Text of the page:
South Carolina Injury Attorneys
The Truth Behind the HEALTH Act

The Truth Behind the HEALTH Act

H.R. 4771, also known as Help Efficient, Accessible, Low Cost, Timely Health Care (HEALTH) Act of 2016 is back. In 2005, the same bill was passed by the House of Representatives.

Due to the way HEALTH was drafted, injured patients and their families are limited in regards to the ability they have to hold health care and medical products providers accountable. In addition, the bill would limit measures placed against for-profit nursing homes, insurance and pharmaceutical industries and against doctors who commit intentional torts. Congress should prioritize patient protection above insurance and pharmaceutical industries, but that isn’t the case with H.R. 4771.

Will it Help The Economy?

Supporters of HEALTH believe that the bill is necessary for creating jobs and will help the economy grow, but the truth is that job creation has never been used as a justification for H.R. 4771 – until now. Under this legislation, medical professionals and providers cannot be held fully responsibly for cases of medical negligence. This so-called “incentive” for job growth puts a patient’s wellbeing at risk.

Will it Control Defensive Medicine Costs?

In 2014, less than a quarter of a penny went towards patients who were victims of medical negligence. Additionally, there are no grounds to conclude that defensive medicine not only exists, but is a contributing factor to the rising cost of healthcare. The system put in place encourages self-referrals, which will cause an increase in health care costs.

The Reforms of H.R. 4771

A 2014 study done by researchers at Northwestern University and the University of Illinois found that while tort system changes had no impact on hospital-based spending, it caused a 4-5 percent increase in physician service spending. It was concluded that the reforms outlined in H.R. 4771 would increase costs and reduce health care quality.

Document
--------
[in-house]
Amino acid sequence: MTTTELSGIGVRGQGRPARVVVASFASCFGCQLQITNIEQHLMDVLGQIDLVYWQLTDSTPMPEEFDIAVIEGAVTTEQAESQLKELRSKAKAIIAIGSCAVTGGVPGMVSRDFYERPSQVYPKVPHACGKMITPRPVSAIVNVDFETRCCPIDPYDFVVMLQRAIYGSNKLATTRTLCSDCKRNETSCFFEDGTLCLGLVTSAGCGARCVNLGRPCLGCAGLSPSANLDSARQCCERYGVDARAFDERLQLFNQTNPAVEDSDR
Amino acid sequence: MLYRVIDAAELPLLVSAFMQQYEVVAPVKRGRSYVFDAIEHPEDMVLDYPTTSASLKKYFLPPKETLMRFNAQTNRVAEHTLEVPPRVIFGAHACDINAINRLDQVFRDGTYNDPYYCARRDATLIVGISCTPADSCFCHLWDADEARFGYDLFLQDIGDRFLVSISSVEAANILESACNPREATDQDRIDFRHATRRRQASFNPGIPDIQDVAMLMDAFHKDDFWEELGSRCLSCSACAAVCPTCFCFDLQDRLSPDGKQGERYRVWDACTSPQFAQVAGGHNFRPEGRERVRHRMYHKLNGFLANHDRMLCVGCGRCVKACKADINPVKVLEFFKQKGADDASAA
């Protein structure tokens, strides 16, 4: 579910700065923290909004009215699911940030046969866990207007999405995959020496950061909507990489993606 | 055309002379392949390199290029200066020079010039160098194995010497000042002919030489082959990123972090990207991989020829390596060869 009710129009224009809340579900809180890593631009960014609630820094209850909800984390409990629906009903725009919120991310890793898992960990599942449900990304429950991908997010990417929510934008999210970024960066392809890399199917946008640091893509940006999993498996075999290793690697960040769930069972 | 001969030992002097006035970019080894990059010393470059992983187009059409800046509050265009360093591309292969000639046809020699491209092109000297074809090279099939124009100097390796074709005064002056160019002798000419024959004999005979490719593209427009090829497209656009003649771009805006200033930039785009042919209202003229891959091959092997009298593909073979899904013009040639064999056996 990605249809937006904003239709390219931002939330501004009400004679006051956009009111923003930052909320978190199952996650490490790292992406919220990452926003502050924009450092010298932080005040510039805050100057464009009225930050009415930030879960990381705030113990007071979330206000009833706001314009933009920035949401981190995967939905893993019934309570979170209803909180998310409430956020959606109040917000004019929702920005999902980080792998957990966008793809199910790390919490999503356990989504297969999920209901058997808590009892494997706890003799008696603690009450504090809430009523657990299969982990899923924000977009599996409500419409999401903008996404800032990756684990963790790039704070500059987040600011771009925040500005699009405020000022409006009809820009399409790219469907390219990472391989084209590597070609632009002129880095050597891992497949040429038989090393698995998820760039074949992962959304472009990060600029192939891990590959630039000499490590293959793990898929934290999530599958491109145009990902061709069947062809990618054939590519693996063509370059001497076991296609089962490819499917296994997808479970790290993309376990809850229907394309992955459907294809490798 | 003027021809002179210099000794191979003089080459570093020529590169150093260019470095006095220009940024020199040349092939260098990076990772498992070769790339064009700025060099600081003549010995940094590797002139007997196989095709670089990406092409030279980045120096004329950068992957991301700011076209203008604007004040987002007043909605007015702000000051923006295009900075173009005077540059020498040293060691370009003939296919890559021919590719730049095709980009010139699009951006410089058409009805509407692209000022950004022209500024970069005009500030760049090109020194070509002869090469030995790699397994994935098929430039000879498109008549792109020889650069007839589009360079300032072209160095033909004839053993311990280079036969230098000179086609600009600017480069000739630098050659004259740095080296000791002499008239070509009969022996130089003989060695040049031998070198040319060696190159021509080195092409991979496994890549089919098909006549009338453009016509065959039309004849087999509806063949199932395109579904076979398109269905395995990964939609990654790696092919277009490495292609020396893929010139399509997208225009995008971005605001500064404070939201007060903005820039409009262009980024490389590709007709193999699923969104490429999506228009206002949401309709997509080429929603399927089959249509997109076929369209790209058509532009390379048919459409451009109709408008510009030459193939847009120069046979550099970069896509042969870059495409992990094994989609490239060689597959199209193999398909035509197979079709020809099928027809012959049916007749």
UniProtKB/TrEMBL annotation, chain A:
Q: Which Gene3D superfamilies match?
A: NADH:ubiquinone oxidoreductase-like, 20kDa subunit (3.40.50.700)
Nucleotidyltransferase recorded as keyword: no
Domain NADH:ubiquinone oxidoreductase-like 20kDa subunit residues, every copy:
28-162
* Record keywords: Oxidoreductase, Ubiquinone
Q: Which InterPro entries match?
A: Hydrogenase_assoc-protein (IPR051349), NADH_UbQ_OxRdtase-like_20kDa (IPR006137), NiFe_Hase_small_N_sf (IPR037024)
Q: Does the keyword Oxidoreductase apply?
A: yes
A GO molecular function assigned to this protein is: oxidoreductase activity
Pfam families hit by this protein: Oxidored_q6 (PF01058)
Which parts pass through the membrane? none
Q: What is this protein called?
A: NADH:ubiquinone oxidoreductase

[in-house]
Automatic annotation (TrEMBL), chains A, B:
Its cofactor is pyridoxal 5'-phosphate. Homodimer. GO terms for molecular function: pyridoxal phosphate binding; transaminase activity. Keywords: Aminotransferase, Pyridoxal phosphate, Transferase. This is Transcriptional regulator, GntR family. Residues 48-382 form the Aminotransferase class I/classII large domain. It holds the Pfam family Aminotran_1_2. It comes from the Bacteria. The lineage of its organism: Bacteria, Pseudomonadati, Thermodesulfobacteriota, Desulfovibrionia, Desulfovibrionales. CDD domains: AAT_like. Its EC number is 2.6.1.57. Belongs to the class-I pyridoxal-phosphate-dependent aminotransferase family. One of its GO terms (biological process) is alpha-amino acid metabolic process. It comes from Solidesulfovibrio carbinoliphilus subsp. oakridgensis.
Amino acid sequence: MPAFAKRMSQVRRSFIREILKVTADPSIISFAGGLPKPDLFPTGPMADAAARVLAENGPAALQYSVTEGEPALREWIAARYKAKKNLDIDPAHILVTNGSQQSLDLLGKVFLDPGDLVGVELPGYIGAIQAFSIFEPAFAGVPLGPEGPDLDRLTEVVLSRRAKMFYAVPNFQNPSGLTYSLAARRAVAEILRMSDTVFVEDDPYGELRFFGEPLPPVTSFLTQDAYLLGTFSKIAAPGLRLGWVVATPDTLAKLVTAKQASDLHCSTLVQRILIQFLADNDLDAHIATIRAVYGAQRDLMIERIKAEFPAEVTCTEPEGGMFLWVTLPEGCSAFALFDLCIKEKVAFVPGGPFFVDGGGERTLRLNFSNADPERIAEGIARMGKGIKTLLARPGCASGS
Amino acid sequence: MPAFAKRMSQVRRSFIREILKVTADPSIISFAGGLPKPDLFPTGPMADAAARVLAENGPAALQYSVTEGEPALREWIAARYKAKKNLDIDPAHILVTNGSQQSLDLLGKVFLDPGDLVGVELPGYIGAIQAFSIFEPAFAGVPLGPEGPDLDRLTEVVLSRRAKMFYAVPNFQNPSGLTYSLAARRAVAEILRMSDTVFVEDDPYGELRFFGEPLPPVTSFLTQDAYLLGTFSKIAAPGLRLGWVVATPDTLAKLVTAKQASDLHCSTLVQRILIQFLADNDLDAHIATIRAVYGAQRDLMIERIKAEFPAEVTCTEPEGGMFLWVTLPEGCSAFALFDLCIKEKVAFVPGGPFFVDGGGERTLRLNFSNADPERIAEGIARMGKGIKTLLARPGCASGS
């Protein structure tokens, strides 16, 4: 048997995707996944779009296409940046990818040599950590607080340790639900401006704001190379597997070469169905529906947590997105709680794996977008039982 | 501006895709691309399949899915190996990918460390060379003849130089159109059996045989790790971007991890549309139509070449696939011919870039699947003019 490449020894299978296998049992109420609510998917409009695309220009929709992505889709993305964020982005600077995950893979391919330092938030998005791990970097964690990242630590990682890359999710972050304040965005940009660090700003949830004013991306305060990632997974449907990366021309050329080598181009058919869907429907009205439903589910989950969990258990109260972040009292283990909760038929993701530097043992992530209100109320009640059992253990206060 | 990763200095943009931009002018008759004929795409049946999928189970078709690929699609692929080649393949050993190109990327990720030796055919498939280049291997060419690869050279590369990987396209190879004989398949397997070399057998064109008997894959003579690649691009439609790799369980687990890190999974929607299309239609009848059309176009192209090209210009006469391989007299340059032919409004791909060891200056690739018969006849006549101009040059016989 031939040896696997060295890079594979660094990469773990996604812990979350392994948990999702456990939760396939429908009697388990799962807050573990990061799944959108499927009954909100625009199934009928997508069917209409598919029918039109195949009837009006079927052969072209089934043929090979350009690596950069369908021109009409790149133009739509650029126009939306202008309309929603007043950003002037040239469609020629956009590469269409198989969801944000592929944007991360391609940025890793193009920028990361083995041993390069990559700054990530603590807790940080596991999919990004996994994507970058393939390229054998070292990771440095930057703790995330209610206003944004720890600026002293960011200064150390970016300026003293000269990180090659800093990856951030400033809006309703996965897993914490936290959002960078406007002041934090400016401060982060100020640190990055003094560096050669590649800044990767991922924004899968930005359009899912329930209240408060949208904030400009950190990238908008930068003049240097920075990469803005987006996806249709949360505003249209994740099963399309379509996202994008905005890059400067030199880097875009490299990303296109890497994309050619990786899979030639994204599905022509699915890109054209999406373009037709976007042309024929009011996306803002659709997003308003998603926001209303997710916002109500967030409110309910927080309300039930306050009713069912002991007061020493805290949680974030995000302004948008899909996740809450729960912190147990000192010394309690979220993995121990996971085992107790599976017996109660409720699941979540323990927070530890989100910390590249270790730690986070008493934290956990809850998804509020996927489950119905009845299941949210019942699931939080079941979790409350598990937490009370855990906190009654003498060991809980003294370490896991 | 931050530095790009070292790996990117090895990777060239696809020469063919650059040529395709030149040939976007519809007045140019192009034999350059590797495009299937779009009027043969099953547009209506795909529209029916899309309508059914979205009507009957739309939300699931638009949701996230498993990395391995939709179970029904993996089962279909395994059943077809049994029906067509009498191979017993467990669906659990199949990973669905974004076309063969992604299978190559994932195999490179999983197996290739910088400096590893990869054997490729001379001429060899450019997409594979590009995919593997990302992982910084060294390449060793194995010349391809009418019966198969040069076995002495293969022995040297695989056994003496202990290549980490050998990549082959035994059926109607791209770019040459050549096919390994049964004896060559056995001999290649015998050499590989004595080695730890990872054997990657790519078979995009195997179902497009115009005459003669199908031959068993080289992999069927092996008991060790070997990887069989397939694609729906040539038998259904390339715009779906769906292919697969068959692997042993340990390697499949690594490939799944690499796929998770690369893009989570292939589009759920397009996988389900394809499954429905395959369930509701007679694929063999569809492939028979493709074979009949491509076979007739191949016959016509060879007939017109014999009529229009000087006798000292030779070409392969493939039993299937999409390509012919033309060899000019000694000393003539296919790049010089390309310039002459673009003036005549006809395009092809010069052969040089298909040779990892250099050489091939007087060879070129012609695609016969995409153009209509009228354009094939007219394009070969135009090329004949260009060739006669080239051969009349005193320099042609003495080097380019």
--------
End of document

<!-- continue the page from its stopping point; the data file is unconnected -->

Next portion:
Some of the reforms contained in H.R. 4771 include:

  • Reduced statute of limitations: The legislation reduces the amount of time an injured patient has to file a lawsuit and would cut off claims involving diseases that were asymptomatic for an extended period of time.
  • $250,000 cap on non-economic damages: There is a limit placed on non-economic damages, regardless of the number of parties involved. Non-economic damages compensate patients for serious injuries such as fertility loss and loss of a limb or sight.
  • Severe restrictions on contingent fees: With H.R. 4771, the court has power to restrict the plaintiff’s attorney fees – regardless of whether the recovery is by settlement, judgment or alternative dispute resolution.

Pursuing mass tort legal action can be a complicated process. Our Greenville personal injury lawyers have 95 years of combined experience and are committed to guiding you through every step of the legal process. Call Christian & Christian today at (864) 408-8890 to learn more about your case.


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